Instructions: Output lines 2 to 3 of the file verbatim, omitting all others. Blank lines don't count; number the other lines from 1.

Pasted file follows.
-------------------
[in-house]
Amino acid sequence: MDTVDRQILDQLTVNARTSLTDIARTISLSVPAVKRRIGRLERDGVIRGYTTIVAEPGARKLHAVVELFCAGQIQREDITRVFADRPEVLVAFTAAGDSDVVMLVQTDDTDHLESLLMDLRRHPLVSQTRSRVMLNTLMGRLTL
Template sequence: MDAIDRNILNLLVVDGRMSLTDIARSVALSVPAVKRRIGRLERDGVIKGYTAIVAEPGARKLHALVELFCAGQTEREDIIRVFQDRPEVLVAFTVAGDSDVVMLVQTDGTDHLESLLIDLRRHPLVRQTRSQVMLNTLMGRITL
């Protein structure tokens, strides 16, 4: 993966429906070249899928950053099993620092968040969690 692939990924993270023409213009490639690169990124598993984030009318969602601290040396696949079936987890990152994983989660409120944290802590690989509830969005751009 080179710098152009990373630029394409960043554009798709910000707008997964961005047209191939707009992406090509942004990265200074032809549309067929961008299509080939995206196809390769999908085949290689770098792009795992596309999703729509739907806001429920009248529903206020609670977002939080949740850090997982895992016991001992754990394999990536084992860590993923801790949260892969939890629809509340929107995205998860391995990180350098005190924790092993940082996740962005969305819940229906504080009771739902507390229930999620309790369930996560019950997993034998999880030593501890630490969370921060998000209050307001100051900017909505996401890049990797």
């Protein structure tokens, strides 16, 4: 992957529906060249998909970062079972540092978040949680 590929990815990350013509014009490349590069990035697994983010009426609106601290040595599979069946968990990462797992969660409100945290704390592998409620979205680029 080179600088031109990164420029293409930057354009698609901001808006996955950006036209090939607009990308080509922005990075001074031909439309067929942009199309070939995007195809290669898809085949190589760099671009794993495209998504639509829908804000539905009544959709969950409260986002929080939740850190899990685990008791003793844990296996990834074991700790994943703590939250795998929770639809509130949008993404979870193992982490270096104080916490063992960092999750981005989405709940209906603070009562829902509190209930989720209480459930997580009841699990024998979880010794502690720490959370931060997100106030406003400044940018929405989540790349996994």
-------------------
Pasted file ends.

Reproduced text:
Amino acid sequence: MDTVDRQILDQLTVNARTSLTDIARTISLSVPAVKRRIGRLERDGVIRGYTTIVAEPGARKLHAVVELFCAGQIQREDITRVFADRPEVLVAFTAAGDSDVVMLVQTDDTDHLESLLMDLRRHPLVSQTRSRVMLNTLMGRLTL
Template sequence: MDAIDRNILNLLVVDGRMSLTDIARSVALSVPAVKRRIGRLERDGVIKGYTAIVAEPGARKLHALVELFCAGQTEREDIIRVFQDRPEVLVAFTVAGDSDVVMLVQTDGTDHLESLLIDLRRHPLVRQTRSQVMLNTLMGRITL